What lies ahead for China’s foreign relations and economic and political reforms? General Secretary Xi Jinping was firmly established as China's "core leader" at the 19th Communist Party Congress in October 2017, and China is still on track to become the largest world economy in the next few decades. Yet China's foreign relations policies, especially with regard to trade with the United States, are proving to be a test of Xi's leadership. Will China continue with its very gradual political and economic liberalization reforms, which began 40 years ago with the fall of the Gang of Four and the end of the Cultural Revolution movement? How will China's increasingly complex economic and treaty ties to other nations influence the direction of political reforms in China, and vice versa?
At this event, a panel of four experts discussed these issues and examined the current state of reforms in China. This event was co-sponsored by the Baker Institute China Studies Program and Rice University’s Chao Center for Asian Studies.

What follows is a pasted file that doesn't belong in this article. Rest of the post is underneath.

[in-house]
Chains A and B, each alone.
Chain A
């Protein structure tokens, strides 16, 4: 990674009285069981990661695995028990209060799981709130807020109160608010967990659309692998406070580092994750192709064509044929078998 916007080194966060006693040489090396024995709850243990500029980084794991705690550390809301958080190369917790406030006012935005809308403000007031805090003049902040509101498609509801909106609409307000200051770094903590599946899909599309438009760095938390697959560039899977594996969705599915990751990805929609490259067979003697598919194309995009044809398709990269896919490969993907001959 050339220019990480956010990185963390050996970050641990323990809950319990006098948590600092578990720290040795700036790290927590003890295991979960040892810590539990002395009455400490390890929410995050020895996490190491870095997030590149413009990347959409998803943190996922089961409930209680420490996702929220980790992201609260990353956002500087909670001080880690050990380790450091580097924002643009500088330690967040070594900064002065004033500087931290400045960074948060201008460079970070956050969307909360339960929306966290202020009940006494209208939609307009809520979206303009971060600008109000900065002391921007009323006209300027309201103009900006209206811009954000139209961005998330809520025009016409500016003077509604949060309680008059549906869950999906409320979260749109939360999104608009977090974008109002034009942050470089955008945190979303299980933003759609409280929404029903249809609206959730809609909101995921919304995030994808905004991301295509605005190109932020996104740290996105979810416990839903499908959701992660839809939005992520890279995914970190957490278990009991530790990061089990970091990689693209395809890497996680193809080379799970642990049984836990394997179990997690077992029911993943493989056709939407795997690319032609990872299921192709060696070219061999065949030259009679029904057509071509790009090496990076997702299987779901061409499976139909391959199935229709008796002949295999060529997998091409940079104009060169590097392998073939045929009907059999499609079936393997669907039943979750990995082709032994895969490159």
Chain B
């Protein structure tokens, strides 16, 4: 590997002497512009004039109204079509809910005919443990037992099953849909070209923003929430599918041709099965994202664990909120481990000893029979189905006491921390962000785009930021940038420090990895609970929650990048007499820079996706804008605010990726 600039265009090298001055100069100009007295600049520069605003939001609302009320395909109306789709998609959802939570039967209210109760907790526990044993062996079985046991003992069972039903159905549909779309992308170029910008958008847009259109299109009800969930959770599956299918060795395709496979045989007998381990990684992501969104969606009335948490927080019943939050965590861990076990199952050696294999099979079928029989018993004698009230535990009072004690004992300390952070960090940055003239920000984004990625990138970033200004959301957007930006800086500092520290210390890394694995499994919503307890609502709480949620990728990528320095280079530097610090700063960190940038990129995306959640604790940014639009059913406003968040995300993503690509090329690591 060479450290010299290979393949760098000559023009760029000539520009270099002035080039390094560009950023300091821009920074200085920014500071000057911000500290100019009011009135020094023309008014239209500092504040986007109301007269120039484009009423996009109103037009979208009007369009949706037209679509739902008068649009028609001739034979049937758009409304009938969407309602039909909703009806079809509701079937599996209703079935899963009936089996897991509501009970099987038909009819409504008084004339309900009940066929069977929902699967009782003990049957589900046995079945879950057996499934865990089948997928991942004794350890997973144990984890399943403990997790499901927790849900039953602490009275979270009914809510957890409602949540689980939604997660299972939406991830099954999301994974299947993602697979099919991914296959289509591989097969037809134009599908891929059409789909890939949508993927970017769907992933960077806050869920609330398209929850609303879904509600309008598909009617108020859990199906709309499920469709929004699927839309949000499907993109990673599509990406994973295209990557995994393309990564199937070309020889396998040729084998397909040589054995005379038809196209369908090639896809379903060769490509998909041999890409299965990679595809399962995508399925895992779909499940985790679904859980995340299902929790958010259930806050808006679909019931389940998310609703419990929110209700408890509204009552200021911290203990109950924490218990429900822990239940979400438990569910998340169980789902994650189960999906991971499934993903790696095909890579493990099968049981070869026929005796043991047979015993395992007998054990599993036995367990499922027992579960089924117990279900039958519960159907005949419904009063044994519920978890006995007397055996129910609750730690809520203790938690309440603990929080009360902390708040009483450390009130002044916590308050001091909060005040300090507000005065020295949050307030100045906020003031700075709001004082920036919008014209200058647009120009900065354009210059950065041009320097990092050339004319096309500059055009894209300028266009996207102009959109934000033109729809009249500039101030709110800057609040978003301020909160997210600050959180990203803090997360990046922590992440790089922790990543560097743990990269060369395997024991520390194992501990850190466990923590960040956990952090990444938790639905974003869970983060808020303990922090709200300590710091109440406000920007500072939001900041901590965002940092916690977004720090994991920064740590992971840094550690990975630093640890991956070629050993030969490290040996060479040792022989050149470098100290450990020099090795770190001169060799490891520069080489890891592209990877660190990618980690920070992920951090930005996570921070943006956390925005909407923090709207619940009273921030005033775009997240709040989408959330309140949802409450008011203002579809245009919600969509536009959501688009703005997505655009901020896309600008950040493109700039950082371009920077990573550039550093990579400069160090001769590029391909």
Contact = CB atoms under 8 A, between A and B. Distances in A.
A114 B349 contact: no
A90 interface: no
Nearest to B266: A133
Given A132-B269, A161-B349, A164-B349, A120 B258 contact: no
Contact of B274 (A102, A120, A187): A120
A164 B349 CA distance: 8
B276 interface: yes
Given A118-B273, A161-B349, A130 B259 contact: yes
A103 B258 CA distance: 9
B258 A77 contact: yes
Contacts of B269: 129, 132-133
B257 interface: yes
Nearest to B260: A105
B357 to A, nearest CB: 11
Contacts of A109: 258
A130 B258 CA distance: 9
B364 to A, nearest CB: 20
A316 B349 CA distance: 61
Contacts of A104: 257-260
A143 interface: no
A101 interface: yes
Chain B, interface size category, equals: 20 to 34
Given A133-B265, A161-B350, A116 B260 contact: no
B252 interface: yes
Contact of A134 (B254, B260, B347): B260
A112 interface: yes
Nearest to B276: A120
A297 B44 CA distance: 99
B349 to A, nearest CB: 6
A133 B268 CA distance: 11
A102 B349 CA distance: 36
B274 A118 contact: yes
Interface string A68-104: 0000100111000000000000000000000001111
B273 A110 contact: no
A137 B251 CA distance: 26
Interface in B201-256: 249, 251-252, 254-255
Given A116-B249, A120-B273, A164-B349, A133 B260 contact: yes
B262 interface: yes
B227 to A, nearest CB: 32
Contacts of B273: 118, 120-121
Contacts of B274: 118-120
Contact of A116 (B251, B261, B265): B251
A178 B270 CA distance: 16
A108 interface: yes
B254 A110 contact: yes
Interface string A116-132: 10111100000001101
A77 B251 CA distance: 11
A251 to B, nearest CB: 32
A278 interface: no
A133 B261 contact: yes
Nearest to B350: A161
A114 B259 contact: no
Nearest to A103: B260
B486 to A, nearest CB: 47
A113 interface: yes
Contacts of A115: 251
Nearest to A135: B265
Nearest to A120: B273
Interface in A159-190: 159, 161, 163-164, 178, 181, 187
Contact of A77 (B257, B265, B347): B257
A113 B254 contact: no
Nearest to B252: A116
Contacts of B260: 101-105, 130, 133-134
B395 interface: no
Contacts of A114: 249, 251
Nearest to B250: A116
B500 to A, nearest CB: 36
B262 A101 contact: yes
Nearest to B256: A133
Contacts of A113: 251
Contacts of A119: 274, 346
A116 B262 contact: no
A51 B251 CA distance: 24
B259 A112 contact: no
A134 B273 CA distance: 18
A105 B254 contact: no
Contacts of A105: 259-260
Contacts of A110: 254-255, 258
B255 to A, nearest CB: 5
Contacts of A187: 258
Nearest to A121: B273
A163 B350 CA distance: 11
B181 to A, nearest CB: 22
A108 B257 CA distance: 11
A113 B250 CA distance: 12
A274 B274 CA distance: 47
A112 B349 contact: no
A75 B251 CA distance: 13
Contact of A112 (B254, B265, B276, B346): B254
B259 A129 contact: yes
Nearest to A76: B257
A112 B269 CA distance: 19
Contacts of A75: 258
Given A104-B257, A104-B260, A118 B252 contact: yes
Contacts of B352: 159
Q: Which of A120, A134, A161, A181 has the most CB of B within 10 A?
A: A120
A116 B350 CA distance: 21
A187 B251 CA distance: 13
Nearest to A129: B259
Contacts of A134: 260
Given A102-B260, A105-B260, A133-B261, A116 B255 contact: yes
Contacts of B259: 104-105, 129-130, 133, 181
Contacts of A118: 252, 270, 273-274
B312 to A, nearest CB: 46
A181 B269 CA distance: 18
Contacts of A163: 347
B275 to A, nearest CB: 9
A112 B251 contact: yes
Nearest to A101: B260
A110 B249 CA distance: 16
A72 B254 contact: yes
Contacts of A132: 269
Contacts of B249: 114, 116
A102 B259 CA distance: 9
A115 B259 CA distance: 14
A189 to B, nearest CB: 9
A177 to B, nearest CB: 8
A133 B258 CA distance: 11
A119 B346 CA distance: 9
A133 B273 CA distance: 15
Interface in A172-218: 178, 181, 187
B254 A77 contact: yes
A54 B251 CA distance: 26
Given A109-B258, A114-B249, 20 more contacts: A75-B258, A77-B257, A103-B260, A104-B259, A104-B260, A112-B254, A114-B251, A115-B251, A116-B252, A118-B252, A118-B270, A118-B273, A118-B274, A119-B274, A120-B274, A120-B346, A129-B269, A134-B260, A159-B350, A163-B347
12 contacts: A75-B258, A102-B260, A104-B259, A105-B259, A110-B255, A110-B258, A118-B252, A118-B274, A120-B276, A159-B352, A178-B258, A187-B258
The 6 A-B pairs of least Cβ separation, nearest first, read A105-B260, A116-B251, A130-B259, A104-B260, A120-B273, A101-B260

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4:00 p.m. — Presentation
6:00 p.m. — Reception
Registration is required to attend this event.
Songying Fang, Ph.D.
Associate Professor, Department of Political Science, Rice University
David J. Firestein
Founding Executive Director, China Public Policy Center, and Clinical Professor of Public Affairs, Lyndon B. Johnson School of Public Affairs, The University of Texas at Austin
Elaine M. Liu, Ph.D.
Associate Professor, Department of Economics, University of Houston
Xiaobo Lü, Ph.D.
Associate Professor, Department of Government, The University of Texas at Austin
Steven W. Lewis, Ph.D.
C.V. Starr Transnational China Fellow, Baker Institute; and Professor in the Practice and Associate Director, Chao Center for Asian Studies, Rice University